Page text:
By Fr. Joe DeFrancisco
The word Lent derives from the Latin word “lentus,” meaning, slow. Anyone reading music often comes to a stanza that reads “lenta” or “lentamente,” which means, play it slow or very slow. These words perfectly describe not only the season of Lent, but the whole dynamic and process of the work of transformation and sanctification of the world, the Church, and our individual lives in and through the presence of the Holy Spirit.
The season of Lent was somewhat of an invention by the early Christian Church as a spiritual “boot-camp” for the adult catechumens (convert/learners), now in close proximity to their own life-altering commitment in baptism. The years of grooming, instructing and forming new converts into a profound relationship with Jesus Christ and his community of Church required discipline and patience. Dramatic and speedy conversions were not the norm. A favorite metaphor that may describe Christians comes from C.S. Lewis’ writings. He defines Christian conversion and spiritual growth as a turtle, “slow-paced we go!” Another motto within the 12-step spiritual transformation journey says: “Let go and let God.”
This is not at all easy to live out. Nevertheless, during Lent the early Jewish and Gentile converts were especially challenged during this season to slowly, but with determination, let go of earthly power and possession so that the Holy Spirit could become the core spiritual power and impetus in their lives. The early Church emphasized the seriousness of engaging a lifestyle of conversion and change by requiring the catechumens to gather daily for prayer, fast only on bread and water for 40 days, and to commit themselves to a more active apostolic life, through outreach to the widows, poor, homeless, abandoned children, etc.
The journey toward holiness and saintliness could never be accomplished in one Lent. It would take a lifetime of Lents, each time, like the turtle of C.S. Lewis, sticking out our necks and risking to let go of more sins, bad choices, excesses, compulsions, and addictions. In an early work of C.S. Lewis, “Mere Christianity,” he devotes an entire chapter on the true meaning of “penitence.” It is not the posture of naming sins or feeling shame and remorse for making bad choices or neglecting our spiritual/sacramental life. Lewis parallels the teaching of biblical scholars who reveal the true nature of conversion or what St. Paul calls “metanoia.”
In the ancient Arabic or Hebrew sense this meant a deep and profound sorrow for how my sin or bad choices affect my love for God and my relationship with others. This is not shame-based religion. It is a willingness to allow the Holy Spirit to shed painful light on how our sin and choices affect others and our being-with-God. This profound feeling of sorrow alone leads to real and lasting change. God is not in the business of fixing in us what we don’t like. God has sent the Spirit to grace us with the possibility of growing to become the saintly persons we are meant to be. This is spiritual transformation grounded in the process and dynamic of conversion.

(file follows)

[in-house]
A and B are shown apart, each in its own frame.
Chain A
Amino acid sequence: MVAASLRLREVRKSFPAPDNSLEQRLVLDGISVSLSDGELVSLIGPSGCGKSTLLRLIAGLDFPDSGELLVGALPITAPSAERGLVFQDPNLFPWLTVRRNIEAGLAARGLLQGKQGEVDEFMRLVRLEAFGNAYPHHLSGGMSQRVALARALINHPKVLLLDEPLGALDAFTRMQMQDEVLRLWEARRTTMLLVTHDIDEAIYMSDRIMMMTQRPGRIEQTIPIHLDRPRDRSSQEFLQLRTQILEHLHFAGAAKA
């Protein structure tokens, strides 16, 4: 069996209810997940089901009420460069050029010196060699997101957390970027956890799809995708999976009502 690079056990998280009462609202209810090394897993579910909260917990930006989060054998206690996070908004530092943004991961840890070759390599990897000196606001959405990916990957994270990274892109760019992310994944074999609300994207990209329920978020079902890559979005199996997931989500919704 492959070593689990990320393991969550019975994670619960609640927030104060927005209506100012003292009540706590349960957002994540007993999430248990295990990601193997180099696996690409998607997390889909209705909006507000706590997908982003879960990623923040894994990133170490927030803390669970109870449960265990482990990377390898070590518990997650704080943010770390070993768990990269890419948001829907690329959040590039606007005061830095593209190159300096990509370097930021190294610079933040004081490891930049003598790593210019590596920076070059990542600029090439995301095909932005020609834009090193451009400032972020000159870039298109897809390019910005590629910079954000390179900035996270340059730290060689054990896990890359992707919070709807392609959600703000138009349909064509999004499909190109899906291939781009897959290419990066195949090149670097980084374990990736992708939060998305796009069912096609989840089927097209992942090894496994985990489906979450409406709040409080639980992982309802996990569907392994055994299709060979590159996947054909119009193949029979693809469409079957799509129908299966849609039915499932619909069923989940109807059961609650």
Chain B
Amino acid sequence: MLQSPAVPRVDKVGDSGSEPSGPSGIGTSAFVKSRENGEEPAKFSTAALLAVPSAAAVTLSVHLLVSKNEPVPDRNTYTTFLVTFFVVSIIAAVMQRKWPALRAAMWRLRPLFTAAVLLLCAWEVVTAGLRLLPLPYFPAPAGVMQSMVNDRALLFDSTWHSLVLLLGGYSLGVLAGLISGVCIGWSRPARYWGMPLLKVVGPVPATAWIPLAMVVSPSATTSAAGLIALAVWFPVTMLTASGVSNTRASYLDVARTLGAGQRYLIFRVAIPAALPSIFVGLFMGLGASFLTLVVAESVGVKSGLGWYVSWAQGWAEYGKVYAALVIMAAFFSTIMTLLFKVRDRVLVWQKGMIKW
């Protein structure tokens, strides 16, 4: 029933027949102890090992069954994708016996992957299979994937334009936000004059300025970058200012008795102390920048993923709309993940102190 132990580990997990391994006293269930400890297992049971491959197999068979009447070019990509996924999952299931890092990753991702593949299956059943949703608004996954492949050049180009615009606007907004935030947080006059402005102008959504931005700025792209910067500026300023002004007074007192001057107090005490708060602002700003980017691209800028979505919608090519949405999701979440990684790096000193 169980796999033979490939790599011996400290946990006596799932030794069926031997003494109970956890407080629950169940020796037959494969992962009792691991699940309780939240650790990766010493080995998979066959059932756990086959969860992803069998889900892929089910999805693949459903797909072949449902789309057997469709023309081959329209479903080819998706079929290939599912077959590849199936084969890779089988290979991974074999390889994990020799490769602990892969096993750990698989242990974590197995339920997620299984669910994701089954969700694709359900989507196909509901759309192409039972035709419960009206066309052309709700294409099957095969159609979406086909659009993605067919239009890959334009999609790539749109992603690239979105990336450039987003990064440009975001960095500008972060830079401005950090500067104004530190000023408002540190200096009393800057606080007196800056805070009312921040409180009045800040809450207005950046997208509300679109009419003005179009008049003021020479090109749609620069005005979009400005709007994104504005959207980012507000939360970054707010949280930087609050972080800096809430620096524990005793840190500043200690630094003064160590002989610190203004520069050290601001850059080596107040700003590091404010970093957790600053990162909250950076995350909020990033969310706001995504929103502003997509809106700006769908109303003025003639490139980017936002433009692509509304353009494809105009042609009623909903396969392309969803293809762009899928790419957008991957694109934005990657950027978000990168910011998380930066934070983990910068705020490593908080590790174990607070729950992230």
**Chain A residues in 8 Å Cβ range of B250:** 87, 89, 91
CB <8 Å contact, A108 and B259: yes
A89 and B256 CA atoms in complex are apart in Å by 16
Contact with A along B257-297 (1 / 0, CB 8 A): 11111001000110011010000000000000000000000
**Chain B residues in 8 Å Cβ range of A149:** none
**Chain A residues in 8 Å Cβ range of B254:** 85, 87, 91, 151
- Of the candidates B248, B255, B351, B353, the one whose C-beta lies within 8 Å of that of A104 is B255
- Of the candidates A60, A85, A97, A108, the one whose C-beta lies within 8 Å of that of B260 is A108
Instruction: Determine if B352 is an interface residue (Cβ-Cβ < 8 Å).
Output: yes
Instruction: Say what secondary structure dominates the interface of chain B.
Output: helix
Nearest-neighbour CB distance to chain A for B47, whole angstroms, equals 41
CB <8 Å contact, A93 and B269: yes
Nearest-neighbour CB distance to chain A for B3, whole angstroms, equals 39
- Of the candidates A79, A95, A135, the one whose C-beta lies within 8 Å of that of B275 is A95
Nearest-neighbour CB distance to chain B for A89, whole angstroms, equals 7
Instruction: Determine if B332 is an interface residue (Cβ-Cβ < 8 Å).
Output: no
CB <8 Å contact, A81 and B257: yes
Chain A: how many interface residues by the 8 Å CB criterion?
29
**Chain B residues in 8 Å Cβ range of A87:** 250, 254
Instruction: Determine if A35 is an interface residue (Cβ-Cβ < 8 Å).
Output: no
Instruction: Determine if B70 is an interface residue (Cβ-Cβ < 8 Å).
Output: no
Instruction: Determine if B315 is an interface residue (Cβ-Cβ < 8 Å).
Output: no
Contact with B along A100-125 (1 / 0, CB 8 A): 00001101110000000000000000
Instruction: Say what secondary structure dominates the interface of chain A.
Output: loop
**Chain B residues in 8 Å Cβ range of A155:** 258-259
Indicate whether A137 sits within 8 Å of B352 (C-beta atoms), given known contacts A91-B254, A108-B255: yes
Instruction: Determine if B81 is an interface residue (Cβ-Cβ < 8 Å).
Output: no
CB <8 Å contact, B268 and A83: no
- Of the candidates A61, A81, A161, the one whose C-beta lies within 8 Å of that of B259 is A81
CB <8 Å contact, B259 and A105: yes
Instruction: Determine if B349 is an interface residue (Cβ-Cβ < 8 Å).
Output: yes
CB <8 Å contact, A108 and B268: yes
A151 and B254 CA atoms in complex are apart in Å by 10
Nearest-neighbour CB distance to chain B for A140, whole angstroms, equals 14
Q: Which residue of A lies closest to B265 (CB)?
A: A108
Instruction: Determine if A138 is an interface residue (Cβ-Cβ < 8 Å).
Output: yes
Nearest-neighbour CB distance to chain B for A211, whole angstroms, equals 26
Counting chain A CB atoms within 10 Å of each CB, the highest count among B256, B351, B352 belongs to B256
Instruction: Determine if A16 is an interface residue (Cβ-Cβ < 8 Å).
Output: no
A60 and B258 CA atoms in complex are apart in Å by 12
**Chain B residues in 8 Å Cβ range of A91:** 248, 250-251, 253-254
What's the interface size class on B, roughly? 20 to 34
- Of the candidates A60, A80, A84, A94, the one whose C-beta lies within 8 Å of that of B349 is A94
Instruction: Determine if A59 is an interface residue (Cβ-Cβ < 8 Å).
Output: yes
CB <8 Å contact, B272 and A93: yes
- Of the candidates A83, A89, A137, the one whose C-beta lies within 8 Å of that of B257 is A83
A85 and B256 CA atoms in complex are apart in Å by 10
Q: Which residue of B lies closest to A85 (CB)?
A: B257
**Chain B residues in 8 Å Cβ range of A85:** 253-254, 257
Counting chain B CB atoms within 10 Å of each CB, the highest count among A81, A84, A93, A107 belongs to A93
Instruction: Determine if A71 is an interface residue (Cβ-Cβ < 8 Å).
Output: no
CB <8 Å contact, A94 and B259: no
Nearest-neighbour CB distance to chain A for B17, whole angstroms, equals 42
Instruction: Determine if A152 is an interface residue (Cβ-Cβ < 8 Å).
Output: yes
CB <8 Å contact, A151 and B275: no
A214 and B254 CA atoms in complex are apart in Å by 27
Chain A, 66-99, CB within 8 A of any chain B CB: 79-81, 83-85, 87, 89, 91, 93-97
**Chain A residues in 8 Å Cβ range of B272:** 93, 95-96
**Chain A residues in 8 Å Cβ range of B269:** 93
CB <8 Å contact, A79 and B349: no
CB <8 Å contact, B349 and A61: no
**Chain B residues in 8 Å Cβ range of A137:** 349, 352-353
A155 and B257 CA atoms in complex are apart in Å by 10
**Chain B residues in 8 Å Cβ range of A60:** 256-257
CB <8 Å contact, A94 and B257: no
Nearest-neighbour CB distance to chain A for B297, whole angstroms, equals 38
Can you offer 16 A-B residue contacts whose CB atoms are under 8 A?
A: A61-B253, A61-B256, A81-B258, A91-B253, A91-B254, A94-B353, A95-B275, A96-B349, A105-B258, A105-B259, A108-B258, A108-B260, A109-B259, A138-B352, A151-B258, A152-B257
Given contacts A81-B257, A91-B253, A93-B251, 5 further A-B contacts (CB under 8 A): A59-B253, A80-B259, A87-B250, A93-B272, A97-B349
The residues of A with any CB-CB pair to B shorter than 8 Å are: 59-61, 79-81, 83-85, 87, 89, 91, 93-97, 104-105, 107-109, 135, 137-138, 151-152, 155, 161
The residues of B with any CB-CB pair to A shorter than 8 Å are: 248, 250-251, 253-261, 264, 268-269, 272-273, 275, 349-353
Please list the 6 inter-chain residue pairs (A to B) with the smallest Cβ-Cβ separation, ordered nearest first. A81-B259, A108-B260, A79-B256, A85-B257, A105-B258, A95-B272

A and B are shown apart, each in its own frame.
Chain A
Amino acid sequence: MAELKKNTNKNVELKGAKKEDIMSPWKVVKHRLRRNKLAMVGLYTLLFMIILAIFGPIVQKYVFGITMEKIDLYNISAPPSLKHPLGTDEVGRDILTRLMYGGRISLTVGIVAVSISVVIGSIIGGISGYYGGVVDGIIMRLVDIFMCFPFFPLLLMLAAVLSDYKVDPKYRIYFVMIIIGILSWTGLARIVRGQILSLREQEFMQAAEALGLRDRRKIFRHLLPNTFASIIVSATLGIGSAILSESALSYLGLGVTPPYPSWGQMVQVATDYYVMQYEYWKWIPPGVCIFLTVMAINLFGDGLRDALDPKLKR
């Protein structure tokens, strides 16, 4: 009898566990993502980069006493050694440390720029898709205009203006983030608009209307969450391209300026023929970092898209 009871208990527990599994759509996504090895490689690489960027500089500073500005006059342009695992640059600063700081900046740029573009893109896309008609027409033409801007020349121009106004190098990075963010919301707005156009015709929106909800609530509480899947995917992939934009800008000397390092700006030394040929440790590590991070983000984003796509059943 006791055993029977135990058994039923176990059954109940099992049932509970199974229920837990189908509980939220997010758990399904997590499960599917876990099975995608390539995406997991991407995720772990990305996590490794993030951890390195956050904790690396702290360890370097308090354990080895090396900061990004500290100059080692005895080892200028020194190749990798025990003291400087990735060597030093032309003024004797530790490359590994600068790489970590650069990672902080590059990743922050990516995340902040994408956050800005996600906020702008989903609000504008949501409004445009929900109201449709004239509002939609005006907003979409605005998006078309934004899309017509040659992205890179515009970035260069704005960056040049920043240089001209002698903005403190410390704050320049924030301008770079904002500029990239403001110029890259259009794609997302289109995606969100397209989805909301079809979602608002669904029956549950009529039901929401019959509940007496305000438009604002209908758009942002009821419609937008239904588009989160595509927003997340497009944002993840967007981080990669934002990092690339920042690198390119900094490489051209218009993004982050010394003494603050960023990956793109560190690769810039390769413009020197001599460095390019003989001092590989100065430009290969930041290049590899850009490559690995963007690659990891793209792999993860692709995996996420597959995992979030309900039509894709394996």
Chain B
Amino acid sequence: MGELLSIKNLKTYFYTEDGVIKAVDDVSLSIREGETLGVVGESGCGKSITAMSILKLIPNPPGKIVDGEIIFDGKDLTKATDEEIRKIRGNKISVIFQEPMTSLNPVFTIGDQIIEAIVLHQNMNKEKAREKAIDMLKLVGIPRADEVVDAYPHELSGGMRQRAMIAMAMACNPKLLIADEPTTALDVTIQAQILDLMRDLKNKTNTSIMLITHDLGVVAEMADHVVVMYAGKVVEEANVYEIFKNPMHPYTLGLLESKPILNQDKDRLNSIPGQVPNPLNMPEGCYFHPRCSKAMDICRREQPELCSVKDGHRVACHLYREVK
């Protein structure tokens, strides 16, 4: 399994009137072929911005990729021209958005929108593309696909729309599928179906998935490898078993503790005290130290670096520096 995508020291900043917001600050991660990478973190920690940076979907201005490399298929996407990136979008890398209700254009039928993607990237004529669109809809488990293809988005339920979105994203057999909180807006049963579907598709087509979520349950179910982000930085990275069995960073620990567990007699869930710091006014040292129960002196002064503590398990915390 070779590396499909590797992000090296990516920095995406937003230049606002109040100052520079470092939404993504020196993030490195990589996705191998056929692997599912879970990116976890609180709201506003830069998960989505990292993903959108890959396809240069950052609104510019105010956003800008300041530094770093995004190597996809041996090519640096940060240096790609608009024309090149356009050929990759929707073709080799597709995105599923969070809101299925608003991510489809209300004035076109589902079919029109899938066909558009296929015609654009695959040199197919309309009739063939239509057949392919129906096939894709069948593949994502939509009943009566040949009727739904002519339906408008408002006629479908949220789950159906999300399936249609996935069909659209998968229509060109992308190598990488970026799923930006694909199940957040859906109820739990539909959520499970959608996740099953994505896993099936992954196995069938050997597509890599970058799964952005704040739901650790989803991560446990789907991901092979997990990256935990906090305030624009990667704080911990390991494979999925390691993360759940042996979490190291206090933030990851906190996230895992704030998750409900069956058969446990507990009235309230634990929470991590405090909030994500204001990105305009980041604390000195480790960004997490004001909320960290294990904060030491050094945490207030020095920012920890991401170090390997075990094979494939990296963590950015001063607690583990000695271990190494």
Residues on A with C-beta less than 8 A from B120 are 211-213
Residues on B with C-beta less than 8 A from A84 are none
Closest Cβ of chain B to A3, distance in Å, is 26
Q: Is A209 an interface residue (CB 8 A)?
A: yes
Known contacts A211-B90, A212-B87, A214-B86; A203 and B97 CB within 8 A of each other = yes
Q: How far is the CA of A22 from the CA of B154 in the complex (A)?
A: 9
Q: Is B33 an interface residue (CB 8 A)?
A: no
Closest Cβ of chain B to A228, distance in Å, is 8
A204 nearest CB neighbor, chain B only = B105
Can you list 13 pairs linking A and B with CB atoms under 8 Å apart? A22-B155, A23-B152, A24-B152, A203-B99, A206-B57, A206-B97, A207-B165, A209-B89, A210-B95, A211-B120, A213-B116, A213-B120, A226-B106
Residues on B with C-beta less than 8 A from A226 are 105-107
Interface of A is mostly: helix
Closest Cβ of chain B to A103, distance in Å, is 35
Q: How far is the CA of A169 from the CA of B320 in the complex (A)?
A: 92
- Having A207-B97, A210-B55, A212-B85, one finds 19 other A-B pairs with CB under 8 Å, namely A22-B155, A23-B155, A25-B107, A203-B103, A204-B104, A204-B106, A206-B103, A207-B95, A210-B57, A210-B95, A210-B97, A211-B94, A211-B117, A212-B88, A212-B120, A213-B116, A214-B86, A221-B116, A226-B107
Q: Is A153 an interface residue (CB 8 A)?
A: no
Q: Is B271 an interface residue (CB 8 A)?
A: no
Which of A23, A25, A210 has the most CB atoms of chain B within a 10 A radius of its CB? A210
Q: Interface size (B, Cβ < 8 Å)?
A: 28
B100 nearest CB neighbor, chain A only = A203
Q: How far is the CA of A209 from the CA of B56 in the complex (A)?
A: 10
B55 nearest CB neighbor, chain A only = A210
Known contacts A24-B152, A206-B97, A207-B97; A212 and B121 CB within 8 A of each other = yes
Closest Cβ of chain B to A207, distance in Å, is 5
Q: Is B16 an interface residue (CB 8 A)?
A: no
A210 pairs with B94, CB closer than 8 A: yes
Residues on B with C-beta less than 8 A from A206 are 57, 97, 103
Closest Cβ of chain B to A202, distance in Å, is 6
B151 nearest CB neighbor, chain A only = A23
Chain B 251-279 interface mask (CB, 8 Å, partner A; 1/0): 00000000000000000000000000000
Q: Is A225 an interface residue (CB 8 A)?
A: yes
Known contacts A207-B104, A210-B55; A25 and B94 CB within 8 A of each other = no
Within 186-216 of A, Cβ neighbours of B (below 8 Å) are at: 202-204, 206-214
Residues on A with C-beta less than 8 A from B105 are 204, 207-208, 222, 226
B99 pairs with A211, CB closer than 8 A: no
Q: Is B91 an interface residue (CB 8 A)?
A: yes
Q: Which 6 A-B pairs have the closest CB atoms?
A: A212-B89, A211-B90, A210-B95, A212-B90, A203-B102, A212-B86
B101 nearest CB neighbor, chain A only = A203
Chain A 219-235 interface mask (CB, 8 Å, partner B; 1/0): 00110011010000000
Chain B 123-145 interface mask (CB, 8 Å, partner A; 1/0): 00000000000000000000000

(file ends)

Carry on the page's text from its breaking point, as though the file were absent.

After decades of trial and error, hoping to make Lent more and more meaningful, I have imposed a few goals on myself. First, what positive spiritual exercises can I invest more of my heartfelt self in that I know draw me closer to my God, such as celebrating Eucharist with more life, joy, love and conviction? How can I make my short times of personal prayer more intimate, honest, heartfelt? Second, do I really need my weekly fix of Thursday-night comedy reruns to get through the work week? Could I replace those rather silly programs with a quiet evening of spiritual reading or Scripture meditation? Third, how and where am I sinning against my own body? Do I need to rest more or better? How many more times must my doctor warn me of high cholesterol before I stop eating cheese and chocolate?
I have discovered that the “new” fasting is not about bread and water; it is about learning to live a healthier life for myself and others by allowing the gift of Lent to jump-start a better way of life. Finally, as was the tradition of the early Church, the greatest threat to one’s relationship with God and spiritual community was the lack of love. The early Christian community realized that real love had to be translated from prayer to practice. Lent challenges us to get out of our favorite meditation chair or yoga position and move into the community of our churches and community of our broken world by doing something, anything that would make life a little better for others.
In all of this I have come to realize that even as a priest of Christ I will be a lifelong catechumen, in need of conversion, repentance, grace and a support group of other broken, imperfect members like myself. In preparation for every Easter, for the rest of my life, I will always need to be “born-again.”
(Fr. DeFrancisco is a professor of theology at St. Ambrose University in Davenport.)